The Bible contains two major sections: the Old Testament and the New Testament. A range of different authors wrote these across hundreds of years.
The Bible has 66 books in total. There are 39 books in the Old Testament (starting with Genesis) and 27 in the New Testament. Many of them are arranged across different Biblical genres, and you may want to focus your Bible study around these.
It isn't essential to read the Bible in chronological order, but it can be a fun exercise to try and see God’s Word and events in Biblical history as they occurred in their correct order. There will be sections in the Bible that overlap and where timelines become blurry. This reading won't diminish the continued relevance of God’s Word.
This article examines how to perform a simple chronological reading of the Bible concerning the literary genres contained within the Scriptures.
For a chronological Bible reading, you may want to start with the Book of Genesis first and move to a different Bible reading every day.
The chronological order of books in the Old Testament is:
These books start with Genesis and continue with Abraham's story and the journey of the Hebrews out of Egypt.
There are 27 books in the New Testament, starting with the Gospels. (Matthew, Mark, Luke and John), followed by the Acts of the Apostles, then letters or epistles. The final section is the Book of Revelation.
You can develop a reading plan, which introduces you to the key characters in the Bible, starting with Creation and Genesis. You can use this reading plan to customize your reading of the Bible so that on day one, you read John 1 ("in the Beginning was the Word) and move through Genesis on subsequent days.
If you want to develop a reading plan based on the chronological order of the New Testament, start with the books of Galatians and James on the first day. The birth of Jesus appears in the Gospels of Matthew and Luke. From here, you'll work through to the Book of Revelation by day 27.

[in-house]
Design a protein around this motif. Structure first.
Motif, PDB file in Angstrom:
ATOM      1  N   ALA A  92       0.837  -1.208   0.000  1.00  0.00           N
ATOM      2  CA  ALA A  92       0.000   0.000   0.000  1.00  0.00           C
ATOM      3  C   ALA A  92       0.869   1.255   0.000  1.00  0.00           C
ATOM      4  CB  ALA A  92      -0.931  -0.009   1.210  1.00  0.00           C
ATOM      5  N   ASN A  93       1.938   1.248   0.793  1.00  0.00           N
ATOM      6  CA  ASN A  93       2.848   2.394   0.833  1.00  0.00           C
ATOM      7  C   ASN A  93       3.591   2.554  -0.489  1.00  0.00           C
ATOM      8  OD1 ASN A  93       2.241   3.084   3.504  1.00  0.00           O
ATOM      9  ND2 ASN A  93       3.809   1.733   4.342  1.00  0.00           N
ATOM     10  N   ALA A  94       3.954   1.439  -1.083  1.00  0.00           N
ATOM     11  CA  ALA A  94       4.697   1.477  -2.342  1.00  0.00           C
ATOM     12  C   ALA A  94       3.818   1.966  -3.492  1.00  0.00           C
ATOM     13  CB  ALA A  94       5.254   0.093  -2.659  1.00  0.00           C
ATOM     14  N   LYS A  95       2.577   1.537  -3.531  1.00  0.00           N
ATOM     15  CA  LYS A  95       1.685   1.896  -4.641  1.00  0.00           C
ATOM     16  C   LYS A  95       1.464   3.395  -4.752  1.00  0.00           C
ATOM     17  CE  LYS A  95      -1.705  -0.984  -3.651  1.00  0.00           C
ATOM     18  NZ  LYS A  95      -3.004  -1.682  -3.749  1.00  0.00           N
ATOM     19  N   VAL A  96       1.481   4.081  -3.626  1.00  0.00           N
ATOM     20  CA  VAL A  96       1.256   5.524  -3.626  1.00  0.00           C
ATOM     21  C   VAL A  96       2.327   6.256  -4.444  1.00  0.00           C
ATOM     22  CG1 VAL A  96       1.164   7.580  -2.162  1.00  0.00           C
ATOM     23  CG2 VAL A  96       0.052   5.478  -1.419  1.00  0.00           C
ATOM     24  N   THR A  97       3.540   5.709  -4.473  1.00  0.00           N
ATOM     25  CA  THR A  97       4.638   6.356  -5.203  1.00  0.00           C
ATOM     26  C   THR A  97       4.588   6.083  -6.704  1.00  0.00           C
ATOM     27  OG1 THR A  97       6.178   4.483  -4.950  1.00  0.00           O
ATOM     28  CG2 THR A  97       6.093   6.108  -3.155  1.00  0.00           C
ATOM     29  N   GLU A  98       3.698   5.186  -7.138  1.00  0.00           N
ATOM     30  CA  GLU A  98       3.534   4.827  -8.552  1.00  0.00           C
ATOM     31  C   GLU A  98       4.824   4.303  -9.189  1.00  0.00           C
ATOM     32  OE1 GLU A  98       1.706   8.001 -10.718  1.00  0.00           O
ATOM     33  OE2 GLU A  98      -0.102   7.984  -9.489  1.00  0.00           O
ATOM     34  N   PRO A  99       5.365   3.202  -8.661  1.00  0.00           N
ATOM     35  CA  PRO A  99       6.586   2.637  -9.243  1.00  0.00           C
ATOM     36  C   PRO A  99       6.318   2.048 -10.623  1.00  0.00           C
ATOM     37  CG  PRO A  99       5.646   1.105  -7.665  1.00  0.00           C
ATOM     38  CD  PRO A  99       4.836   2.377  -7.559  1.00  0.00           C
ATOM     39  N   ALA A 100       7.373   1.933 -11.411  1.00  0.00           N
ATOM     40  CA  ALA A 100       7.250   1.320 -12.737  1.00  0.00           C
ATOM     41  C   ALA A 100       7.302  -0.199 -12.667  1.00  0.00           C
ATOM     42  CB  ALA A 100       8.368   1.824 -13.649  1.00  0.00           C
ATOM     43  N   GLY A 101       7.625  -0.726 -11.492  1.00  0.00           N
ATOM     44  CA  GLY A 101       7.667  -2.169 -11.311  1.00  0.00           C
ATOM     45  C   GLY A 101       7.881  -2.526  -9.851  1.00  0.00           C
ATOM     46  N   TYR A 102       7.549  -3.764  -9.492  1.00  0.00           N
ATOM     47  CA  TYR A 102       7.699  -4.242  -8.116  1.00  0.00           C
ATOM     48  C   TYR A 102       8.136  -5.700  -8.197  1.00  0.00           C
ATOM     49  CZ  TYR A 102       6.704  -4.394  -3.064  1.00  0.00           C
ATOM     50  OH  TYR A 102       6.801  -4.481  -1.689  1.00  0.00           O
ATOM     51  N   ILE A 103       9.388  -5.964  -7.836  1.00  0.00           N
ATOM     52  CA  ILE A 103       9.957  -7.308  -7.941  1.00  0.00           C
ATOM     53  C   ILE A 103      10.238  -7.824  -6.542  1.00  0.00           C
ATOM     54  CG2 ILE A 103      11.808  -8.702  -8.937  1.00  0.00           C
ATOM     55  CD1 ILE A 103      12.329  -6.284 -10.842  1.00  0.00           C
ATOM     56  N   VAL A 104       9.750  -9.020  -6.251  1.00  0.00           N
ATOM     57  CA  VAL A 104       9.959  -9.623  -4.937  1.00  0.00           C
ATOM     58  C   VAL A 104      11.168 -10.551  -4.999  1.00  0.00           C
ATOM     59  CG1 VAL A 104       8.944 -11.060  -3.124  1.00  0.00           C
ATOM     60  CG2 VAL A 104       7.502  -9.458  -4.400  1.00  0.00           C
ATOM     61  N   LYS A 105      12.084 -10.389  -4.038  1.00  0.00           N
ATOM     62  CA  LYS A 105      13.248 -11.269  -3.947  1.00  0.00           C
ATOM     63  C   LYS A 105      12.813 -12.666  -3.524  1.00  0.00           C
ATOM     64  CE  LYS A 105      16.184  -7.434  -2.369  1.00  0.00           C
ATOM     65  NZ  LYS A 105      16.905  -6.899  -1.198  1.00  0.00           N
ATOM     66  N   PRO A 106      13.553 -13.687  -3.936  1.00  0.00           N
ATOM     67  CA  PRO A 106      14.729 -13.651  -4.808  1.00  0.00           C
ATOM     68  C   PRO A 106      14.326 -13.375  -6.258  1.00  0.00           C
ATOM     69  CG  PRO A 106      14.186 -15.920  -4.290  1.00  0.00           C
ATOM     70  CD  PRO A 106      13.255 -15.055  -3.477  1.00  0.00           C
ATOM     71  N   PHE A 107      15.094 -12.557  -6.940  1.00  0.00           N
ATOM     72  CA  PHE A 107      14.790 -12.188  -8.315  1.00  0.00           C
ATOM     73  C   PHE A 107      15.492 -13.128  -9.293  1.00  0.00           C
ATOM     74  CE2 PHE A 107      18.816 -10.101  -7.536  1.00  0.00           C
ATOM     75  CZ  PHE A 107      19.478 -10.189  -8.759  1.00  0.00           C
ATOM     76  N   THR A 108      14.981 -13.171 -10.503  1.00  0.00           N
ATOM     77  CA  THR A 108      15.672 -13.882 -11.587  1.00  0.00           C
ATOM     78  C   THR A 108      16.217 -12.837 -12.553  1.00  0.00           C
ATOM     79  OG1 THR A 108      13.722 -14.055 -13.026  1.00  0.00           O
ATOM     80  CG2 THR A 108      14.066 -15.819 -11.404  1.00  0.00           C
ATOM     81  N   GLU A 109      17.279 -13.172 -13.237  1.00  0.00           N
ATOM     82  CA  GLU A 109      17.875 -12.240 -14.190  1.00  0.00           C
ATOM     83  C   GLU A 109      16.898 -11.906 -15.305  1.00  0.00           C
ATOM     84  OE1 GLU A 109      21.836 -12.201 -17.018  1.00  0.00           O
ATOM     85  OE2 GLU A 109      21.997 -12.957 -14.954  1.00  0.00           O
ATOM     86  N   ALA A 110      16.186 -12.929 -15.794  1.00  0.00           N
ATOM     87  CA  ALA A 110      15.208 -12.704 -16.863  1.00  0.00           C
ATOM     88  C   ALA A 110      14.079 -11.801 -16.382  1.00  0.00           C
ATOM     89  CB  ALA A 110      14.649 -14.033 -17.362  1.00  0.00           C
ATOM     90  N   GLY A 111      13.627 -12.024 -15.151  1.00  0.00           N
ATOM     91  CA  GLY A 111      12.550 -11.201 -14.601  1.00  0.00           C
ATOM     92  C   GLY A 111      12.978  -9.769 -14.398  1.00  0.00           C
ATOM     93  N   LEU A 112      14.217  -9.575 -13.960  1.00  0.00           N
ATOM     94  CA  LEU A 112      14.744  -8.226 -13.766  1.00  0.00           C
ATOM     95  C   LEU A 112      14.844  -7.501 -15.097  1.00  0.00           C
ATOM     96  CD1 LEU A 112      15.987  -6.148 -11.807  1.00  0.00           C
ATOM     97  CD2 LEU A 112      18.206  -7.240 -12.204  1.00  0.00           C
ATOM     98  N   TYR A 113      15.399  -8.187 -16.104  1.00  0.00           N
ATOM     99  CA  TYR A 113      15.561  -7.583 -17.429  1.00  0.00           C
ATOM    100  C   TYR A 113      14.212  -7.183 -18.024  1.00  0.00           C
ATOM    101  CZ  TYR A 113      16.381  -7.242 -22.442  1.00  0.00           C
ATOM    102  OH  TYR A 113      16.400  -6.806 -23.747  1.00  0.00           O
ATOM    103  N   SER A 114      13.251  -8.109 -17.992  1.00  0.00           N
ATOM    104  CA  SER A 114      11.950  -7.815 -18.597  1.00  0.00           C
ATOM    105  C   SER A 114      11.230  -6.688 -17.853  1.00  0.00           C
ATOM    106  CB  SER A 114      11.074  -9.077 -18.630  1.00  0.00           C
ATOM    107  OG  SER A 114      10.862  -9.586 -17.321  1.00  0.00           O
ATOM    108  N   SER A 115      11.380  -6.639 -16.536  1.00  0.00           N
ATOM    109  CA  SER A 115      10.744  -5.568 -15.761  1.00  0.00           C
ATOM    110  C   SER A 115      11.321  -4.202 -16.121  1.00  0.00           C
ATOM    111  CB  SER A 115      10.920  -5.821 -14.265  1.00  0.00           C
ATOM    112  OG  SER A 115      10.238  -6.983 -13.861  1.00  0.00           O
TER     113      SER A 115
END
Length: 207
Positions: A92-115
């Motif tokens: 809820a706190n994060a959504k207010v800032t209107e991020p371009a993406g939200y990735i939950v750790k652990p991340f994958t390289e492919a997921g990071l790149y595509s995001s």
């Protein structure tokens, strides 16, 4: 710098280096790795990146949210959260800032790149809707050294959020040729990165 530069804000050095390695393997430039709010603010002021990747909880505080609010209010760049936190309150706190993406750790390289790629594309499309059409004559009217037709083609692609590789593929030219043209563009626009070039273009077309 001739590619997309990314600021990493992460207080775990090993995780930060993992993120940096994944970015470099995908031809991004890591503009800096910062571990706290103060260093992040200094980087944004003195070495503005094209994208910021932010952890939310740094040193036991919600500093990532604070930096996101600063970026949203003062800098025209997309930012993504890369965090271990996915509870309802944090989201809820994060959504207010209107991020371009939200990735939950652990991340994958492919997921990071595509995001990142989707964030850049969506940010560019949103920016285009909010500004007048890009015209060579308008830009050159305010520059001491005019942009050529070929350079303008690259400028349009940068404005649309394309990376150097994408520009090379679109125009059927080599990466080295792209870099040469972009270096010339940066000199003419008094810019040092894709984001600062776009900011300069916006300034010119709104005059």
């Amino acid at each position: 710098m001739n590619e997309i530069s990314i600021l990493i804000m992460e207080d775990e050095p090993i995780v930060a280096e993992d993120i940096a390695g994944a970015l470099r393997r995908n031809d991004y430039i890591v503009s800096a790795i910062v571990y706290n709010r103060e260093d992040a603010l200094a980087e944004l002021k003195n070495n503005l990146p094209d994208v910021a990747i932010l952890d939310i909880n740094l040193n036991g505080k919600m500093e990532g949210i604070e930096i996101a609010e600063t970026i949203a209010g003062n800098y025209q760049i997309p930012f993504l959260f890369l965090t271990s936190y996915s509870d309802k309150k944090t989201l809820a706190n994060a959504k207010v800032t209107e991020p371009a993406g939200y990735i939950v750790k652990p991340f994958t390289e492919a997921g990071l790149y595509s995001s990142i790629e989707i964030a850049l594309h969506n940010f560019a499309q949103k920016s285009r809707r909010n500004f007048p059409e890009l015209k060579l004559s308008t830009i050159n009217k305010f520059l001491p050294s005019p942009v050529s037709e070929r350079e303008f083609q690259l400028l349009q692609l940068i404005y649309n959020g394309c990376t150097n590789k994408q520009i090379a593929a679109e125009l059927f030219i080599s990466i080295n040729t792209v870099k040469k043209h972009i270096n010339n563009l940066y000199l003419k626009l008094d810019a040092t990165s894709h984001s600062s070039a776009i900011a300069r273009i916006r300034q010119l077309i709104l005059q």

The Bible is the most read and studied text in the world, and 3.9 billion copies have been sold over the last 50 years alone.
The Books of the Bible (Old and New Testament) are based upon the literary genre along the following lines:
In our podcast "The Bible is the Greatest Leadership Book," Sally Burke tells us why we should read stories about leaders in the Bible and how it can inform our lives.
Another interesting section of the Old Testament is the Book of Psalms, which are essentially 150 Hebrew poems, including Psalm 23, "The Lord is my Shepherd." The Psalms teach us to offer praise to God.
You can easily develop your own reading plan of the Bible for both the Old and New Testaments. When reading the New Testament, you base your reading upon this timeline of the Acts and the Epistles.
You can start by following a simple historical narrative. Your Bible study can begin with Genesis and then reading in order: Exodus, Leviticus, Numbers, Deuteronomy, Joshua, Judges, Ruth, 1 and 2, Samuel, 1 and 2, Kings, 1 and 2 Chronicles, Ezra, Nehemiah, Esther, Jonah, followed by Acts.
Daily reading of your Bible can help you with spiritual discernment by reading about the struggles many of these key characters in the Bible had during their lives.
St. Paul wrote 25% of the New Testament, and you can learn a lot by reading his letters to the Corinthians. Paul wrote letters to the Churches, including Romans, First and Second Corinthians, Galatians, Ephesians, Philippians, Colossians, and the First and Second Thessalonians. These letters were written over 14 years to over seven churches throughout the world.
In Acts 17, you'll see Paul setting up the church at Thessalonica. Paul's letters in 1 Thessalonians tell us about the difficulties experienced in the early days by the Christian Church. Paul's letter to Philemon is considered an important moment in the Bible.
There are many important prophets in the Bible. The major prophets are Isaiah, Jeremiah, Lamentations 1 and 2, Ezekiel, and Daniel. The minor prophets all appear in the Bible at different times and include Hosea, Joel, Amos, Obadiah, Jonah, Micah, Nahum, Habakkuk, Zephaniah, Haggai, Zechariah, and Malachi.
All of their messages cover a large period and deliver a wide variety of Christian instruction.
You can develop your own Bible reading plan, starting with Creation on day one and working through Genesis, the story of Noah’s Ark up to Abraham’s journey.
As you proceed through the Scriptures each day, make sure you highlight verses and make notes in the margins. You may also want to cross-reference other passages of the Bible. By the end of the year (on day 365), you’ll be reading the Book of Revelation, predicting the Second Coming of Christ, which is the logical end of the Bible.
While reading Abraham’s journey, consider the promises God made to him and the deliverance of the Hebrews from slavery during the Exodus. The struggles of the Hebrews are well-documented by the prophet Jeremiah in Lamentations 1-3.